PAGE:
The Dispatch

What’s the scoop on getting the scoop?

Abby Ong, Editor-in-Chief

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Benefits of free press

Embedded in the core of the American society and government lies the freedom of press, one of the five basic rights provided by the First Amendment.

In recent years, the rising use of the term ‘fake news’ continues to increase public distrust of the media. Defined as the inaccurate reporting of information, ‘fake news’ is often used as a rallying point against journalism as a whole in attempts to discredit news organizations.

“Today’s politically-charged climate includes direct attacks on fundamental First Amendment freedoms on a daily basis from the president of the United States,” Journalism Education Association president Sarah Nichols said. “It’s disheartening to see an outright attack on a particular profession, but it’s clear that the president seeks to destroy the legitimacy of the media. Journalists will continue to report with truth and accuracy, operating ethically, despite these challenges, as their work matters more than ever.”

According to AP U.S. history and government teacher Carlen Floyd, the role of journalists has been crucial throughout history, from the beginning as English colonists through to Vietnam and Watergate.

“The free press has just been fundamental to having everything from being made aware of issues to being exposed to different opinions,” Floyd said. “From our very inception, it’s been critical; it’s set free democracies, liberal democracies, from other democracies where you have a free press but not really.”

Journalism has seen a shift to Online platforms over the years, but Nichols emphasizes the continuation of quality reporting by journalists no matter the method of distribution.

“Their role hasn’t changed over time even though just about every aspect of reporting, information-gathering, and delivery have,” Nichols said. “Part of reporting the truth is to hold those in power accountable, and in times when misinformation can be shared widely and without a critical eye, or if access to information is limited, the role of journalists intensifies.”

Fair reporting

For University of Texas journalism senior lecturer Kevin Robbins, it is essential for journalists to be “fair, neutral … and unafraid to tell the truth.”

“They should seek that truth through transparency and above-board channels,” Robbins said. “Journalists should never, ever deceive someone in an effort to find and reveal information in the public interest. They also should be aware of context and not distort facts in order to advance an agenda.”

Senior Editor-in-Chief of The Dispatch Cianna Chairez emphasizes the need to be objective in reporting, something she pushes her staff to do on a daily basis.

“As a journalist, your ultimate goal is to inform your audience and not to spread propaganda, sensationalize news, or try and sell your product,” Chairez said. “Our job is to do the best we can possibly do to inform the public of the hard facts and let them base their own opinions off of that.”

In order to retain trust from the public, Robbins encourages journalists to continue their role as informants.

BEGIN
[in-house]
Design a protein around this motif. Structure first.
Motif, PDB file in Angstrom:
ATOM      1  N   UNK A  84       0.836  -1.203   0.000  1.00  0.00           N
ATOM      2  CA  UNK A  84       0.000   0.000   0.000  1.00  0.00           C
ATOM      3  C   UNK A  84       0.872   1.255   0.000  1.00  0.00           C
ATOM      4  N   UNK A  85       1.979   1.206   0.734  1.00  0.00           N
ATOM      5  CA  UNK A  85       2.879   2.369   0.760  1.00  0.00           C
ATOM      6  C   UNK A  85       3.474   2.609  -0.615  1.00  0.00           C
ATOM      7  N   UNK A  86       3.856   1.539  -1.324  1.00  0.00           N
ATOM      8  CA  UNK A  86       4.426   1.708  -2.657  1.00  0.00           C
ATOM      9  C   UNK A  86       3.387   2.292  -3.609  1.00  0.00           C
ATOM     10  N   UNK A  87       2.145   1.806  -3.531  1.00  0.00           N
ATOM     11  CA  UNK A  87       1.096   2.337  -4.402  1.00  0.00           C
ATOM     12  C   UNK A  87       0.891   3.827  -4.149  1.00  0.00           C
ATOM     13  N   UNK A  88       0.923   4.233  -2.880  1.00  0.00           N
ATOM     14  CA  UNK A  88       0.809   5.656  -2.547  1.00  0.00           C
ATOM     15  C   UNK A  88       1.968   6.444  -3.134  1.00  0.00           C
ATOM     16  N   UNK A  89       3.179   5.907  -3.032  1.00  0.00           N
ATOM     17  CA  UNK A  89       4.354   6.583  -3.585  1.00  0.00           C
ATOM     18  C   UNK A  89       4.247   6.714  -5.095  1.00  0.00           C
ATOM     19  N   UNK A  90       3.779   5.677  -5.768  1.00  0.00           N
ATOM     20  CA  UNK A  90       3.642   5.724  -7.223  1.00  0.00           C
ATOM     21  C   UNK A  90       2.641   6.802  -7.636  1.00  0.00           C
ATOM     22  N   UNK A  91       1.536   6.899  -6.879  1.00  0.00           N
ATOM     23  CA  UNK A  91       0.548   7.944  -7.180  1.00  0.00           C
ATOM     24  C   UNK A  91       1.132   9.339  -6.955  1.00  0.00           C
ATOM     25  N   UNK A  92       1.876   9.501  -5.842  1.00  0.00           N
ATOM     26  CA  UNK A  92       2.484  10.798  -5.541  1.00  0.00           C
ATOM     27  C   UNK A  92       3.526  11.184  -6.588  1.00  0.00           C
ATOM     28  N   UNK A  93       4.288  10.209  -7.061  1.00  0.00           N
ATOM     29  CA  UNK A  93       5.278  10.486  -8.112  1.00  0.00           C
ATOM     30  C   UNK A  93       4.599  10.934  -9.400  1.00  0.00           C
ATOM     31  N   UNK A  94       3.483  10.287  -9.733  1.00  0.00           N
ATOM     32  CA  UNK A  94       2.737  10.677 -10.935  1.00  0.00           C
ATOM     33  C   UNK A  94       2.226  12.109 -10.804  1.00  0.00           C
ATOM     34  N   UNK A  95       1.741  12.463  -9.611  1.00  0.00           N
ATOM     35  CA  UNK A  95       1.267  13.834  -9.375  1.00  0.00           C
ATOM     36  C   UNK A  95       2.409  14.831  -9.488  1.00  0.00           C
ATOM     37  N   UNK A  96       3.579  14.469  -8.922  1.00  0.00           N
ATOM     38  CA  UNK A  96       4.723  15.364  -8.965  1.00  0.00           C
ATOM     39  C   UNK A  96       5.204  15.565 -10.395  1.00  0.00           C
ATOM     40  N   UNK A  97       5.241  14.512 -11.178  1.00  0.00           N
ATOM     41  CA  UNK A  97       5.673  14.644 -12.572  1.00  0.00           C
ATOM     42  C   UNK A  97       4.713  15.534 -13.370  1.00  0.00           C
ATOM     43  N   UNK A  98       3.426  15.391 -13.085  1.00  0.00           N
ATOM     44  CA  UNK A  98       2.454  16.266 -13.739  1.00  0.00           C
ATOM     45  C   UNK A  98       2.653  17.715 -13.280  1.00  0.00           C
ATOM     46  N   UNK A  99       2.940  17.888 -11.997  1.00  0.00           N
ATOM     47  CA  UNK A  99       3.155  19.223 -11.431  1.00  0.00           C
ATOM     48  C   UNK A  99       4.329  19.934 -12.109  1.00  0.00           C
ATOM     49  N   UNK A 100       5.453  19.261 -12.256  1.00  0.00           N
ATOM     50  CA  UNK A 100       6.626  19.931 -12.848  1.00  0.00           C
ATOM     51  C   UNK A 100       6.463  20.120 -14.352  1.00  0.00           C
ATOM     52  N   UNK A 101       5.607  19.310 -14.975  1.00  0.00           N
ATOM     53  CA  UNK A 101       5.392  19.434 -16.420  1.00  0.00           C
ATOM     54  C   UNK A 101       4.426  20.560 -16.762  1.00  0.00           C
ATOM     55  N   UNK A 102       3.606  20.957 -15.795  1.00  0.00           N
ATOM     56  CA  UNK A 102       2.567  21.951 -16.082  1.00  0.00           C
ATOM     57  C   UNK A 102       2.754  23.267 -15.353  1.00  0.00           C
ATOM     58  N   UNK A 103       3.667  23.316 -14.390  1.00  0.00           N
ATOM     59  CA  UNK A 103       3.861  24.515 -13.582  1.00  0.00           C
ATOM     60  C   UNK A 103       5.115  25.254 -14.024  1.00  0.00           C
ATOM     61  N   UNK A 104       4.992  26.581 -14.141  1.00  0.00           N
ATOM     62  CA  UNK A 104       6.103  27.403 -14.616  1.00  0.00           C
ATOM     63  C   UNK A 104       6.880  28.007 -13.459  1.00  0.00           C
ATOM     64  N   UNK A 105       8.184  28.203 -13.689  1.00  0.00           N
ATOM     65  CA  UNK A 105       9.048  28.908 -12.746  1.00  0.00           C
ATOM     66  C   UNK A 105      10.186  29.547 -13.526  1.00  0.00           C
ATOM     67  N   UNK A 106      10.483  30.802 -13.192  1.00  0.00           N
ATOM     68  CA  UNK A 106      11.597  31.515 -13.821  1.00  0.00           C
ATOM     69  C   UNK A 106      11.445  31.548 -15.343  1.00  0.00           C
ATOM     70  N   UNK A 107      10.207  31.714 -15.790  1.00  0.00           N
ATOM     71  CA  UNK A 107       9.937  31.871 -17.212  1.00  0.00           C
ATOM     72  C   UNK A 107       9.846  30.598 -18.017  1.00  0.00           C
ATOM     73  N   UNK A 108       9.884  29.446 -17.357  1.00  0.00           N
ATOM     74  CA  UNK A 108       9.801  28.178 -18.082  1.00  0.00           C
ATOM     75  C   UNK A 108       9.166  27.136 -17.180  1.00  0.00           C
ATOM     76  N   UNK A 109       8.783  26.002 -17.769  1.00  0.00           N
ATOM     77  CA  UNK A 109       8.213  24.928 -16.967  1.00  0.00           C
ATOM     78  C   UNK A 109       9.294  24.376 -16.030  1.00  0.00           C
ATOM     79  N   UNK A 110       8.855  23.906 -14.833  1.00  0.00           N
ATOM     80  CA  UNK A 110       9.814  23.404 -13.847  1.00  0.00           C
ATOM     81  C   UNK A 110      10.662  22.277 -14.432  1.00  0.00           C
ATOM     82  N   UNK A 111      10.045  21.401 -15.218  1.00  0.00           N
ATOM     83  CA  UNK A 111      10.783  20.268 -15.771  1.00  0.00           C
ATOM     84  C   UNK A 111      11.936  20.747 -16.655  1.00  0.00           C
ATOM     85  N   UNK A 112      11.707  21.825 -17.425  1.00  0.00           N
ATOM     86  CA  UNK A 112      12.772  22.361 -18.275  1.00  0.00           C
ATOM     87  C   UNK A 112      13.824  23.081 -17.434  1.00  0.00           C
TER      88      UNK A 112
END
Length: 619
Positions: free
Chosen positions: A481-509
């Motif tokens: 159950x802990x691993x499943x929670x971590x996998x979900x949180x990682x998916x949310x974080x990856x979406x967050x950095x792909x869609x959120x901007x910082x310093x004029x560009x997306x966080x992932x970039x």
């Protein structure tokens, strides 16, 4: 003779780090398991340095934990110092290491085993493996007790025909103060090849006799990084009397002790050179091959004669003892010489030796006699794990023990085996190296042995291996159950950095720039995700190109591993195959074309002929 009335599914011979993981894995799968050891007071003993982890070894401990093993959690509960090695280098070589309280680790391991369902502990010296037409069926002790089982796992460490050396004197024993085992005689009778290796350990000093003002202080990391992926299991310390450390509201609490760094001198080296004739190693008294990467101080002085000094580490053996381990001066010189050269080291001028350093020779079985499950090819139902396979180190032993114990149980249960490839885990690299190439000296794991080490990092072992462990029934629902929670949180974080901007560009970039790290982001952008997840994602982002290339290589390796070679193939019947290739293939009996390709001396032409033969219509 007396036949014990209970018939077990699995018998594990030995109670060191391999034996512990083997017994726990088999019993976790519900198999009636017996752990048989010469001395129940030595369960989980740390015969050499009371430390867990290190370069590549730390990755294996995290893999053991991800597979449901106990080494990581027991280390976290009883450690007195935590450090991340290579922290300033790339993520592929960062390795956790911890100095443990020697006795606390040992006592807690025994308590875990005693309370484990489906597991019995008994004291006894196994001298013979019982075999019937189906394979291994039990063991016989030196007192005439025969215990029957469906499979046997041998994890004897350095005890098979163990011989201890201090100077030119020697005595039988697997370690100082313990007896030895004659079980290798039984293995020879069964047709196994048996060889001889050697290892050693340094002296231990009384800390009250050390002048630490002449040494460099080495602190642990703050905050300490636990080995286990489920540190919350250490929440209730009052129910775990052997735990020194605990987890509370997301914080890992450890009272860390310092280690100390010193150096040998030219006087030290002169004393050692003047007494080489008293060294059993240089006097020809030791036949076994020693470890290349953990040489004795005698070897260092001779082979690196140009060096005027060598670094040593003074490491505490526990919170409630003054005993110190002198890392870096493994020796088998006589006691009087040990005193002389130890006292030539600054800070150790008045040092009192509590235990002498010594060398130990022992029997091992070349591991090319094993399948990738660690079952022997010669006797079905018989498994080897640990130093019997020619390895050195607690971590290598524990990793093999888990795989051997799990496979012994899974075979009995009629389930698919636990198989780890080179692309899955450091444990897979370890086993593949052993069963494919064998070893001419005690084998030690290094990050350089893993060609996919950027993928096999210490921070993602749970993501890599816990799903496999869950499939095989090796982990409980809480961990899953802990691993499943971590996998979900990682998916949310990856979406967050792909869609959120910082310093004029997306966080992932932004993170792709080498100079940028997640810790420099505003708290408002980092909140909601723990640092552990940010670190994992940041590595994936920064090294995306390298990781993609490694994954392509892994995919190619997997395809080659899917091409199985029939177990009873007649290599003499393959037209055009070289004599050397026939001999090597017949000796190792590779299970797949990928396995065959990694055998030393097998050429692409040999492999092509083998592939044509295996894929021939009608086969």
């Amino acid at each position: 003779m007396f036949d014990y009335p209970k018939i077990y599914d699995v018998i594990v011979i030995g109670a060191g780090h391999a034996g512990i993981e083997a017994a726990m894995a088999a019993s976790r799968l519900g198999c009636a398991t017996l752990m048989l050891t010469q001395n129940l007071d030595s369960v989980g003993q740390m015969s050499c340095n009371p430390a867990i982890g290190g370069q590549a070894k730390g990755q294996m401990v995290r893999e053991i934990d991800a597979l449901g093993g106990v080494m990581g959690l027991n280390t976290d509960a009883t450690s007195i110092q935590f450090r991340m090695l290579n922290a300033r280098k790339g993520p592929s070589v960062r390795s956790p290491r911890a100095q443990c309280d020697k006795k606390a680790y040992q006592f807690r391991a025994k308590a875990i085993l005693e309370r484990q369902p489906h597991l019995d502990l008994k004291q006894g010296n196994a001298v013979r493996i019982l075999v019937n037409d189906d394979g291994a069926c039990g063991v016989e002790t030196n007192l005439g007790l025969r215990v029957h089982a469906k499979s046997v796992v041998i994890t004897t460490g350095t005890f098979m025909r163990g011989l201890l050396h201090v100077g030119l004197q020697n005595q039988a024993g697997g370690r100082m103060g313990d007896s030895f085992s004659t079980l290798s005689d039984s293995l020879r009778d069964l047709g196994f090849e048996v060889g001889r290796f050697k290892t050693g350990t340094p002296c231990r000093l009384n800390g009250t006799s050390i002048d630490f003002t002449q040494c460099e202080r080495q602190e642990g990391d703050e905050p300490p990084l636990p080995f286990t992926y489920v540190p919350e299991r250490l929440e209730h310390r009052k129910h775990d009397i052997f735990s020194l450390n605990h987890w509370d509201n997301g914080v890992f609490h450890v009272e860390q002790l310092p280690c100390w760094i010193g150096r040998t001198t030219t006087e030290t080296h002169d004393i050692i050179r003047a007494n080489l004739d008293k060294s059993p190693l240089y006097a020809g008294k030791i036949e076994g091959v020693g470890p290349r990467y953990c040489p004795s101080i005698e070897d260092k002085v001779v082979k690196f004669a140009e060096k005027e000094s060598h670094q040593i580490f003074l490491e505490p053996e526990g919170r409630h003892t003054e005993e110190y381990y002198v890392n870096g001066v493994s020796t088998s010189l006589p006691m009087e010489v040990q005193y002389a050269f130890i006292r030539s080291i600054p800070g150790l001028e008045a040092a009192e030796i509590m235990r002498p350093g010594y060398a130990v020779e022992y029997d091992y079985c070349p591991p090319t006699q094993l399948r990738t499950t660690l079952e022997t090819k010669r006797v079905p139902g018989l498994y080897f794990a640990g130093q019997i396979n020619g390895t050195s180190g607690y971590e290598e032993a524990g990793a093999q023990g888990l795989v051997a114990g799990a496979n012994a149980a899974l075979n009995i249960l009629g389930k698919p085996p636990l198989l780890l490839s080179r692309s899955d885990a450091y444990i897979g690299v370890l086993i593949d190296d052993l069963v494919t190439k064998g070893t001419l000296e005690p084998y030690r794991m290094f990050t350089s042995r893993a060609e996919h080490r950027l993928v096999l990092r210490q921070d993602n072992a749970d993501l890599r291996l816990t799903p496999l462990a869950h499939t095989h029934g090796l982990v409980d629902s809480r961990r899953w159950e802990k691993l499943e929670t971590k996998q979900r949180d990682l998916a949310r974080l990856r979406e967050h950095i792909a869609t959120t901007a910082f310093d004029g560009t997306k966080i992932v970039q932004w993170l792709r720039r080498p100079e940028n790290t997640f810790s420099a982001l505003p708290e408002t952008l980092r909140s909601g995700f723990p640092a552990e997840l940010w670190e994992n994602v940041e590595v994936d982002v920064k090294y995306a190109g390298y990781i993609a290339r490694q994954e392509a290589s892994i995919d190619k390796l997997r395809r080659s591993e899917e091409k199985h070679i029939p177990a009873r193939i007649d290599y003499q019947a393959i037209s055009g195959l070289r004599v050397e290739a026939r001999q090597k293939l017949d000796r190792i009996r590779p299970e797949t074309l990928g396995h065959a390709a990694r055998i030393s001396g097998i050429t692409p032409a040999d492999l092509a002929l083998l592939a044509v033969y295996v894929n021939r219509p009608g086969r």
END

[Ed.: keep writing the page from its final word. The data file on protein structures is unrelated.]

“Journalists in today’s world, at least in a democracy like ours, should embrace their essential, constitutionally protected roles as seekers of truth, watchdogs of government, champions of openness and tellers of stories that give meaning to confusion and order to chaos,” Robbins said.

First amendment

While the professional press is protected by the First Amendment, these rights do not fully extend to student journalists.

“Schools, according to Supreme Court cases, are responsible for teaching journalism, journalistic integrity and journalistic skills,” Floyd said. “School newspapers are not like the free press. [They are] school sponsored, which means taxpayer sponsored, which means different sets of guidelines, rules, and potential regulations.”

In 1988, the Supreme Court case Hazelwood v. Kuhlmeier ruled that a school’s administration has the right to enforce prior review should they have legitimate reason to believe learning will be affected, which means that stories must be approved by the administration before publishing.

“Some states have press rights or free expression laws to protect students and others do not,” Nichols said. “Censorship strips students of the decision-making process, stifling the learning experience and negatively affecting the publication and the readers it serves.”

According to Interscholastic League Press Conference assistant director Jeanne Acton, Texas currently allows prior review, although some school administrators choose to act on it and others don’t.

“Some schools have principals that give them more leeway and allow them to cover more controversial things, but not every school in the state of Texas allows that,” Acton said. “It is incumbent upon the editors to build a trusting relationship with their principal to try to get that and it doesn’t always work.”

Censorship issue

Nation Online of Prosper High School in Prosper, Texas was put under prior review by their new principal John Burdett. The first was a news piece regarding the cancellation of a senior reward and was followed by two editorials, one over the removal of a book from the sophomore reading list and the other discussing an activity on National Walkout Day.

“The three recurring themes to why he censored all three stories were because they were, ‘negative, not uplifting to the school and cast our school in a bad light,’” senior Editor-in-Chief of Eagle Nation Online Neha Madhira said.

After the second story was censored, Burdett began prior reviewing the paper. In March, the staff was informed that their award-winning adviser, Lori Oglesbee-Petter, would not be recommended for renewal the following year.

“The editorial board was very upset because she was not only our adviser but our second mother, so we wrote a letter to the principal, the superintendent and the school board expressing all of our concerns,” Madhira said. “We received deafening silence and soon found out Ms. Oglesbee would be fired.”

Editorials were banned after the second editorial was censored, and Burdett would not meet with the staff to discuss this policy, only the new adviser. This pushed Madhira to reach out to the Student Press Law Center (SPLC) and the Journalism Education Association Scholastic Press Rights Committee (JEA SPRC) about the situation.

“The editorial board members and I drafted a press release with the help of SPLC legal consultant Mike Hiestand and JEA SPRC member Lori Keekley and took it to local publications,” Madhira said. “They wouldn’t publish it and we didn’t know why, so the SPLC published it directly on their website. Our administration was silent all summer so we just kept pushing and received coverage from over 18 local and national news publications, including the New York Times.”